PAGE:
We are delighted to announce that three Giramondo titles have been shortlisted in the 2019 NSW Premier’s Literary Awards. They are Gerald Murnane’s Border Districts for the Christina Stead Prize for Fiction, Alexis Wright’s Tracker for the Douglas Stewart Prize for Non-Fiction, and Michael Farrell’s I Love Poetry for the Kenneth Slessor Prize for Poetry.
Please see below for the judges’ comments.
Any discussion of Border Districts, like much of Gerald Murnane’s work before it, is inevitably wrapped up in the known interests of the author. The unnamed narrator in the novel tasks himself to report on a liminal space, one that gains significance in a less geographical sense than that land made by thoughts appended to paper. The recurrence of colour, horseracing, religion and education are like so many corks on a tide, retreating and returning by the inescapable gravity of the author’s career-long interest. Such is the beautifully circular logic of Murnane’s rhythmic syntax that the reader is happy to be caught in its current, and measures time according to its slower pulse.
Murnane’s fastidiousness, his determination to integrate both his past and the purpose of writing, make him one of the most significant authors this country has produced. If, as Murnane has said, Border Districts is indeed his last work of fiction it is a fitting full stop to a particular view made large by the scrupulousness of the author’s astonishing talent.
A symphonic chorus of biography, Tracker presents the larger than life figure of Aboriginal leader and thinker Tracker Tilmouth, a charismatic figure who died in Darwin in 2015. Strategist, entrepreneur, political activist, Tilmouth imagined a bright future for Indigenous Australians and dedicated his life to initiatives that would secure their destiny in their culture. In a monumental work of collective storytelling, that builds in power like a musical fugue, Alexis Wright weaves together interviews with the many people who knew Tracker as family, friends and colleagues, to create a thrillingly complex, multi-faceted portrait.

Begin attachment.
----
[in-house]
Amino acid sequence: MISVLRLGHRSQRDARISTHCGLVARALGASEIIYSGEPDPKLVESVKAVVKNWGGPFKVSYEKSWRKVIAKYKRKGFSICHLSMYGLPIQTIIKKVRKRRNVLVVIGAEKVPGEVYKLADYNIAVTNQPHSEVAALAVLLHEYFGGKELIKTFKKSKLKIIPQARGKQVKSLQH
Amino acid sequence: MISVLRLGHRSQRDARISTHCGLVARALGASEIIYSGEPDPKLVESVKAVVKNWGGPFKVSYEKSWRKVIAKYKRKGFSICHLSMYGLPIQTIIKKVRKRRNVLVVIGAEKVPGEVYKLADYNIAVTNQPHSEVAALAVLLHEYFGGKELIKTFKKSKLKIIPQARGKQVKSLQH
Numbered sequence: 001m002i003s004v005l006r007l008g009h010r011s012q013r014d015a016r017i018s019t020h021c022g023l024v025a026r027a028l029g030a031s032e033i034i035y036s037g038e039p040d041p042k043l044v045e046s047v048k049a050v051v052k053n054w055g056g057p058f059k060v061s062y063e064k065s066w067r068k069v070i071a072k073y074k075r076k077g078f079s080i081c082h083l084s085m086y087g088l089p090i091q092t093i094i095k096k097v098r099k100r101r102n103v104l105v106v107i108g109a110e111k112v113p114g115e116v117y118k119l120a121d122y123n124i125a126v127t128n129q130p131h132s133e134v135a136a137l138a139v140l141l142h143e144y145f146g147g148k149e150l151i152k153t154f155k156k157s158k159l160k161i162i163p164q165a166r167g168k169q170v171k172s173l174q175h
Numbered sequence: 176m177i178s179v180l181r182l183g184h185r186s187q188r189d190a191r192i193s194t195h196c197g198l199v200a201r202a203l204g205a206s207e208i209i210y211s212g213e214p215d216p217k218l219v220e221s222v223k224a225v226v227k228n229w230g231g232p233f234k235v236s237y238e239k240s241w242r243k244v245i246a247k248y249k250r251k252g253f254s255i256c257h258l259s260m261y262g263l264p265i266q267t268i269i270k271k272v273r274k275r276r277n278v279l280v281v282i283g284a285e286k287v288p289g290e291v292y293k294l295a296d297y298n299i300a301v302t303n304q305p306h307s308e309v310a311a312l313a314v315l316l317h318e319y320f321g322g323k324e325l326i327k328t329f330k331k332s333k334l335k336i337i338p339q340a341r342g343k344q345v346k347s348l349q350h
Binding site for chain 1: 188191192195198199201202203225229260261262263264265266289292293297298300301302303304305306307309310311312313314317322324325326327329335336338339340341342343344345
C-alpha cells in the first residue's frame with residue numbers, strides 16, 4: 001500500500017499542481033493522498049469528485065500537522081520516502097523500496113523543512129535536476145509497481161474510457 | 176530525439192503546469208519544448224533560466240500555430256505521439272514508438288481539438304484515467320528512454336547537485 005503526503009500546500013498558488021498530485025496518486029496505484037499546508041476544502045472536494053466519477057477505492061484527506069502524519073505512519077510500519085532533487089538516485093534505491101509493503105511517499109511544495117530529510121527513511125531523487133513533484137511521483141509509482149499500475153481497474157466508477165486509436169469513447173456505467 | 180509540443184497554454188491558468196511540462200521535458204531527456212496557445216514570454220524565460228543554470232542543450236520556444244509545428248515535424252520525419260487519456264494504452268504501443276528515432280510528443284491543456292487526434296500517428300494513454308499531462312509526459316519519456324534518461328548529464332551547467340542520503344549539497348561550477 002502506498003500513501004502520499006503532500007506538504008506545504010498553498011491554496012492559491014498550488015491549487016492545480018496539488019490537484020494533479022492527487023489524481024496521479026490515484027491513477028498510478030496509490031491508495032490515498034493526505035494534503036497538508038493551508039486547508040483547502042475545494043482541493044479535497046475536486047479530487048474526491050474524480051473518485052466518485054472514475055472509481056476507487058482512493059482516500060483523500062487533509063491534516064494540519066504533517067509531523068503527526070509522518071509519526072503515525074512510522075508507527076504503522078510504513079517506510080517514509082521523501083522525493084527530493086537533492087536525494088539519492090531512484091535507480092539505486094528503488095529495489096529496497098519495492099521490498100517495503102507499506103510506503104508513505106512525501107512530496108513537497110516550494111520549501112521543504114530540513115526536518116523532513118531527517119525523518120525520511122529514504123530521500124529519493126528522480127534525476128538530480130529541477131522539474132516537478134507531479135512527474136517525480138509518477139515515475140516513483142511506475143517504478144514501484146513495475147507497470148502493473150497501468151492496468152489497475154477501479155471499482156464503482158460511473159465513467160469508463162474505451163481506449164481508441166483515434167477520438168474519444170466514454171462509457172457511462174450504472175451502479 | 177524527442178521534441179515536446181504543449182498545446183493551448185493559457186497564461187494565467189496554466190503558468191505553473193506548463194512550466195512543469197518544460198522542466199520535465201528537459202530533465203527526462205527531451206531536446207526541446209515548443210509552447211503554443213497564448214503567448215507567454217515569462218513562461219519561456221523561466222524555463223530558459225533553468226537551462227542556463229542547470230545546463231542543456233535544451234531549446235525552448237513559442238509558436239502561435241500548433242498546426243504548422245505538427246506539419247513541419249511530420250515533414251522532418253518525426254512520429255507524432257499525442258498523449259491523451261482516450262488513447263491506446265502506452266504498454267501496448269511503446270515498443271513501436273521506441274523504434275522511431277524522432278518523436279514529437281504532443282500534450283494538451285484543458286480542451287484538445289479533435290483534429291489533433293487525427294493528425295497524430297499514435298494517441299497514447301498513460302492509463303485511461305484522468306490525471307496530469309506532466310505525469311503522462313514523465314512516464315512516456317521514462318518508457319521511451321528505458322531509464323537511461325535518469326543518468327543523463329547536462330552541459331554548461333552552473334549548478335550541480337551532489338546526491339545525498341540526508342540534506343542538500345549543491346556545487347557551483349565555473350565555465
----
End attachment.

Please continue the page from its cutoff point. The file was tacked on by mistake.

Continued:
Epic and ambitious, Tracker challenges traditional Western approaches to biography with its non-linear, often digressing multi-voiced collection of anecdotes and yarns, presented as if heard around an endless campfire. What emerges is a deep, richly layered, often surprising sense of a unique individual, passionately engaged in shaping the opportunities for his people to thrive and take pride in their culture.
Michael Farrell’s latest book is a list and commentary on iconic Australian characters aligned with a number of famous international artists, poets, actors and a ubiquitous Pope. Unpredictable scenes unfold under Farrell’s laconic gaze and voice, sharks, Uluru, the Magic Pudding and an emu in police uniform facing hippogriffs, impalas, androids and Rome. The constant juxtapositions are both disconcerting and highly amusing.
The effect of this poet’s seemingly random associations goes beyond the intentional meaninglessness of surrealism, as an individual point of view emerges despite the deliberate avoidance of traditional grammatical connections. With characteristic flair and impressive risks with language, these poems are startling in their evocations of history and place, and the results are often equally dark and hilarious. I Love Poetry is a celebration of the senses and imagination.